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ZFS pool may consist of datasets(file system, snapshot, etc..) or volumes. ZFS volume is like block device, but I am do not understand difference between pool and filesystem. When I created pool1 via zpool create pool1 sda sdb sdc and than zpool create pool1/fs I can see two new lines in df -h output with pool1 and pool1/fs. The same in zfs list output. Now, I can copy files into pool and into fs. I can set dedup or compression on both. So what is the difference? Why should/shouldn't I crate filesystem in pool? Please include some example of usage if possible.

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A pool is a collection of disks, where you can store filesystems and volumes. When you create one, you also get one base-level filesystem that all the other filesystems you create will inherit properties (such as compression algorithm to use, etc.) from.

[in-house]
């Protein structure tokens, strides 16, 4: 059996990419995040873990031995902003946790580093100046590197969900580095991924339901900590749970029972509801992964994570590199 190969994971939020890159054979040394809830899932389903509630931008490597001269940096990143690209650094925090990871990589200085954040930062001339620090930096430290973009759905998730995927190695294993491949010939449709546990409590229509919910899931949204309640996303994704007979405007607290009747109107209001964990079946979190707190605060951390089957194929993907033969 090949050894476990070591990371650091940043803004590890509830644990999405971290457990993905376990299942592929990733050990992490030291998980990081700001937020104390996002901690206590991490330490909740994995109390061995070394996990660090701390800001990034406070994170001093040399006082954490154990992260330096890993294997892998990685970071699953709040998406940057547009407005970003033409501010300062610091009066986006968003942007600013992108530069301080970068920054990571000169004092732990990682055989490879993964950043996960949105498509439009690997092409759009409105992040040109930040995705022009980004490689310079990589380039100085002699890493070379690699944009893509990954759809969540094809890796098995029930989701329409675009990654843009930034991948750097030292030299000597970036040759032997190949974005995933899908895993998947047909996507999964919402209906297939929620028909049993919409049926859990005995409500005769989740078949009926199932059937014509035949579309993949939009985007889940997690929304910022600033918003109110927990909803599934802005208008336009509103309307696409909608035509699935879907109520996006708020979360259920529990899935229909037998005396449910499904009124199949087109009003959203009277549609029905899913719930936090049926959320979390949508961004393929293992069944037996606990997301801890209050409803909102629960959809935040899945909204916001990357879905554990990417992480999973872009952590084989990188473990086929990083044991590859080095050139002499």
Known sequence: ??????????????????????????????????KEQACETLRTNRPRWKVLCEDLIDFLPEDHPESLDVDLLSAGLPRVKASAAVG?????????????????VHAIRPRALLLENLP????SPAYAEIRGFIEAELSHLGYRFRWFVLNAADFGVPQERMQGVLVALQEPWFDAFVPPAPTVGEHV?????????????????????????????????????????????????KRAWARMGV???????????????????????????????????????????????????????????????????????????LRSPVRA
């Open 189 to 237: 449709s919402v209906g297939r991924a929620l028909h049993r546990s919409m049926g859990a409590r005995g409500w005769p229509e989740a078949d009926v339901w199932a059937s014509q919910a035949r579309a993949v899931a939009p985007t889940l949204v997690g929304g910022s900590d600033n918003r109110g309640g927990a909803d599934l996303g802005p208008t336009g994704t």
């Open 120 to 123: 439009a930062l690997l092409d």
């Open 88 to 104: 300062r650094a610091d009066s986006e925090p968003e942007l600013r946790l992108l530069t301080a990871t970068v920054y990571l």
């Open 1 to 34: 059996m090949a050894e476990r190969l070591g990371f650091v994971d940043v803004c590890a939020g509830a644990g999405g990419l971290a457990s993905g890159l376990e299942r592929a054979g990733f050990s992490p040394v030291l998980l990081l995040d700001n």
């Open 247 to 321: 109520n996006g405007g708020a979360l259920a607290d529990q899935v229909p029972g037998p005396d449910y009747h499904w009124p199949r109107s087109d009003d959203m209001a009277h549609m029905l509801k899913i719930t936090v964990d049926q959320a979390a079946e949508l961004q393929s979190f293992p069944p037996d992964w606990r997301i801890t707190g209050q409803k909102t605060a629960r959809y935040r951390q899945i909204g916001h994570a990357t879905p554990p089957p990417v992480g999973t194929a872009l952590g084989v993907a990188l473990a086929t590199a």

A filesystem is something that you can write files into, and they all use storage from your pool to write their data. Usually you group logically similar data into the same filesystem, since that way you can treat all that data the same w.r.t. compression, snapshotting, etc. You can share filesystems to other computers over the network through NFS.

A volume (aka a zvol) is a fake disk that uses storage from your pool to write its data. It's kind of like one big file, except that you can also do compression / snapshots / etc. to it directly instead of through a filesystem that contains it. Typically you would only create volumes if you are running a VM. Although I believe you can create a pool based on a group of zvols (a pool within a pool), in general that is not a good idea (it's useful for testing by ZFS developers, though). You can share volumes to other computers over the network through iSCSI or FibreChannel.

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